Ex. 2 - Ancillary Controls/Operation of Aircraft Systems


To teach the requirements for, and the proper use, of carburettor heat, alternate air, mixture controls, cowl flaps, heating, defrosting, ventilation and any other ancillary controls applicable to the aeroplane type.


Many ancillary controls may be new to the student; therefore, detailed training is required.  Proper use of certain controls is necessary for safe and optimum use of the aeroplane.  Misuse could lead to an actual in-flight emergency.

Essential Background Knowledge

Review and explain for the aeroplane being used:

  • carburetted engines:
    - carburettor icing
    - intake icing
    - causes, symptoms, effects on performance
  • fuel injected engines
    - intake icing
    - alternate air usage
    - causes symptoms and effects on performance
    - turbocharger precautions and fault symptoms
  • mixture control:
    - during takeoff, climb, cruise, descents
    - use of fuel flow and exhaust gas temperature gauges
  • cooling considerations:
    - use of cowl flaps
    - before and during one engine inoperative operation
  • cabin heating and ventilation, including heater and windscreen defogging equipment.
  • primary flight controls
  • aileron, rudder and elevator trim
  • landing gear and retraction system
  • flap system
  • brakes
  • electrical, including alternator or generator
  • hydraulics
  • fuel systems
    - carburetted engines
    - fuel injected engines
    - cross-feed
    - engine priming system
  • turbocharger
  • propeller and constant speed governor
  • de-icing/anti-icing
  • pressurization
  • crew and passenger oxygen
  • any other systems applicable to type

Advice to Instructors

Prior to flying, spend sufficient time in the cockpit with the student to become familiar with the location and operation of the various ancillary controls.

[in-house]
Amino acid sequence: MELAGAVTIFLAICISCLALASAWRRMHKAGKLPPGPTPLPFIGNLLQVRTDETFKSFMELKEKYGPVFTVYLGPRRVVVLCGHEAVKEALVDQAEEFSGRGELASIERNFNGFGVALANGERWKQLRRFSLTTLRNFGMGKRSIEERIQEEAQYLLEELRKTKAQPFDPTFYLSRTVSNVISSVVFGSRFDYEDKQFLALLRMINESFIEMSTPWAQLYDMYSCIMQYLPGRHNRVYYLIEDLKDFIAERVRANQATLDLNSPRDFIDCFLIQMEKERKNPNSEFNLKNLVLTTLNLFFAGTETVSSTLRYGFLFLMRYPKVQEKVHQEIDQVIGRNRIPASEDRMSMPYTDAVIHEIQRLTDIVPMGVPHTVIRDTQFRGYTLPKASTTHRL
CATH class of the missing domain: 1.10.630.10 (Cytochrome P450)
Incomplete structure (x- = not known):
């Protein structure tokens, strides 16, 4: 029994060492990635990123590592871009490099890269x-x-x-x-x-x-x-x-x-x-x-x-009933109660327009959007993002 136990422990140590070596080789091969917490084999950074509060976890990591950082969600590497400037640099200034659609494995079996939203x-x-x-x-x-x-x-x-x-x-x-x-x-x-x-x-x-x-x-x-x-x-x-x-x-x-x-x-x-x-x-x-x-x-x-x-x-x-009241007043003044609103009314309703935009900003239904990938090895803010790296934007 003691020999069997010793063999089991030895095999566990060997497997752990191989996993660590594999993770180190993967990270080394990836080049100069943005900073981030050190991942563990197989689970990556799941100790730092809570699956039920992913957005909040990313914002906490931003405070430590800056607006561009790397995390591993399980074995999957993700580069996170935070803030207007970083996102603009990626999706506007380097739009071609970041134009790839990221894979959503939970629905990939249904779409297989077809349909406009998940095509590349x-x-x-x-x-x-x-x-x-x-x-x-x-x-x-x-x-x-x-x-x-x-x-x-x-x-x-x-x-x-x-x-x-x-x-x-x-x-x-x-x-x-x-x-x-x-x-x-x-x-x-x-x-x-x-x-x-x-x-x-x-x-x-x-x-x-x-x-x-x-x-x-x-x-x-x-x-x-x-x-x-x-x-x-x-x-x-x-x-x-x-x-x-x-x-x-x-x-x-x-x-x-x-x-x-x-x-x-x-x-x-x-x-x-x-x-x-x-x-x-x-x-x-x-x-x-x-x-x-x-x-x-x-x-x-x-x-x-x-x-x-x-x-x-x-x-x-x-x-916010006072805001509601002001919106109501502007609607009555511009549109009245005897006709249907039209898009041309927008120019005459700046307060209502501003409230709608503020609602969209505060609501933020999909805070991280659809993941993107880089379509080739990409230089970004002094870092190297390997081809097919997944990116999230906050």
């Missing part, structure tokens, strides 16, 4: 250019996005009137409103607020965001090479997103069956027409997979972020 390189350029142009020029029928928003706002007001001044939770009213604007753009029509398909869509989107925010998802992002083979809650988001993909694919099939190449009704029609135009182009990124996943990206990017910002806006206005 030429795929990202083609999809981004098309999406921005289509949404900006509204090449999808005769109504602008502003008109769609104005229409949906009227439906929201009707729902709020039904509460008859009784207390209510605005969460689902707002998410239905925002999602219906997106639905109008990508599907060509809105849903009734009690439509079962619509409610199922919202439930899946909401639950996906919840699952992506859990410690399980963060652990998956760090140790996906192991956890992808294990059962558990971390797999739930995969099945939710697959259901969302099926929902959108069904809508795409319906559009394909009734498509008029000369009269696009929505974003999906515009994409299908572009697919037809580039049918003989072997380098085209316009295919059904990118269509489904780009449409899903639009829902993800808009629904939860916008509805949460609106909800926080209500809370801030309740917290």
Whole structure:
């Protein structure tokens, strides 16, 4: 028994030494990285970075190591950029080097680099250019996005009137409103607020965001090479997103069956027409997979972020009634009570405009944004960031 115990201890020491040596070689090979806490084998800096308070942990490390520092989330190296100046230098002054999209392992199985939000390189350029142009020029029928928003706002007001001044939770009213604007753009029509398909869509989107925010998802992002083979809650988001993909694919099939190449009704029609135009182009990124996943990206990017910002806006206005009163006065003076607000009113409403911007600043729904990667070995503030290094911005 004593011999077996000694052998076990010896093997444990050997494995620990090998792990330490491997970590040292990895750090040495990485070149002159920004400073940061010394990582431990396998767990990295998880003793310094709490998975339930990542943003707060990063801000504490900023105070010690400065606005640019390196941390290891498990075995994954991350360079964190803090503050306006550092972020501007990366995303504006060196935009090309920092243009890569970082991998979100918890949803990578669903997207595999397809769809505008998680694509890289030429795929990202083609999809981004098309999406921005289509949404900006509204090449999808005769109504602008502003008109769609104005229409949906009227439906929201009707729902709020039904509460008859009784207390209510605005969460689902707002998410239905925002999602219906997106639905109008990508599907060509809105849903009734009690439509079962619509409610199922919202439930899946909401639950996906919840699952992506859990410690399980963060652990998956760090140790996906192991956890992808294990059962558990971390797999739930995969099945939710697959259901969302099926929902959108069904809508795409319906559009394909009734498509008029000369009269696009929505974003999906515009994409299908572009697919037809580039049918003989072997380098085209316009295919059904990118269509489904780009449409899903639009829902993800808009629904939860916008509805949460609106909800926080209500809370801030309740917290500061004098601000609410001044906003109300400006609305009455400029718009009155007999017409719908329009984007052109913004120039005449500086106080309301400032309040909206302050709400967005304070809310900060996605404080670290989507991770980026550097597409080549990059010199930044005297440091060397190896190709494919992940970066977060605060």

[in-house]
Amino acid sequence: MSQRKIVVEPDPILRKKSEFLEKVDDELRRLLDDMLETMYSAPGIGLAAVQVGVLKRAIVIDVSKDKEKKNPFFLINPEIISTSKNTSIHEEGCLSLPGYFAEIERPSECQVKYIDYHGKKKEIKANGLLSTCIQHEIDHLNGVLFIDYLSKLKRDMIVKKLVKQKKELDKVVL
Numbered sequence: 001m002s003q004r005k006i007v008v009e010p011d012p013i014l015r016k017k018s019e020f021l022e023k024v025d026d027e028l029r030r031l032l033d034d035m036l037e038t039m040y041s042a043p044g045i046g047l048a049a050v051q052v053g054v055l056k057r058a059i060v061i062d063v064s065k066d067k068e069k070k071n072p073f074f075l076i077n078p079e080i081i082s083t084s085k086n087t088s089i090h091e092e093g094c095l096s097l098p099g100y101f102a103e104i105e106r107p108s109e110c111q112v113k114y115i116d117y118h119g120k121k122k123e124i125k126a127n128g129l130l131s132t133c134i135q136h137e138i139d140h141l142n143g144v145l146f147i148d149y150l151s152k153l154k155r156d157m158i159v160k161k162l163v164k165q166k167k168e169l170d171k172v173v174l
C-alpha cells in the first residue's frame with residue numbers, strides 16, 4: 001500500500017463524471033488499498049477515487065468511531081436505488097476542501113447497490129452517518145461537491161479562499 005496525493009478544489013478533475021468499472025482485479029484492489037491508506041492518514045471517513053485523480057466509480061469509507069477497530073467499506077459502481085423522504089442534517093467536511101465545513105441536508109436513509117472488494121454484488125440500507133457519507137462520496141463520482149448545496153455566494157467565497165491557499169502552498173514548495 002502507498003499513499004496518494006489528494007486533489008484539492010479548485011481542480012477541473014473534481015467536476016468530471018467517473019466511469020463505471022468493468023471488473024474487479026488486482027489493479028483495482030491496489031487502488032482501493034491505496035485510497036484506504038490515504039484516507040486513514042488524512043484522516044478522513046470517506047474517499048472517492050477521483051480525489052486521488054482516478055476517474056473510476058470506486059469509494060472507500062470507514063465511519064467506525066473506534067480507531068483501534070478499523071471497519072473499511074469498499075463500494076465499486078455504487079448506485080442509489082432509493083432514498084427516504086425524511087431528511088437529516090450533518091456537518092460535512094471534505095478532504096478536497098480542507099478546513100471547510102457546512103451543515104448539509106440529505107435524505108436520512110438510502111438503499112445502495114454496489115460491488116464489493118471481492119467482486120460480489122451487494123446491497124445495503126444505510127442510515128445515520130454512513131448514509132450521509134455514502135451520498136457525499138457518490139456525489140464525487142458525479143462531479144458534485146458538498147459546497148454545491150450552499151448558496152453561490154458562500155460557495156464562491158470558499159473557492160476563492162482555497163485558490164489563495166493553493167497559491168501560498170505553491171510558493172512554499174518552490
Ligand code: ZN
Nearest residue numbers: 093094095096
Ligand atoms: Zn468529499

Students learn best by doing. Let them operate the ancillary controls as much as possible.  Lack of student proficiency may be the result of an instructor's tendency to operate these controls rather than allowing the student to do so.  Traditionally, the practical operation of the cabin heater is poorly taught, as the heater controls are often located on the lower right-hand panel, in easy reach by the instructor.  As a result, the candidate neglects heater operation as an integral part of pilot duties during flight tests, even in winter.

This may be the first time the student has encountered some of these items.  Before flight, ensure that the student understands when, why and how they are used.

Instruction and Student Practice

During pre-flight briefings, question the student on the operation of the applicable' ancillary controls during various phases of the intended flight. Use the aeroplane checklist as a guide.

When satisfied that the student understands when, why, and how to operate the applicable controls, use close supervision to ensure that the tasks are completed correctly.

Ask questions to ensure that the student is not performing a function by "rote" or simply because it appears on the checklist.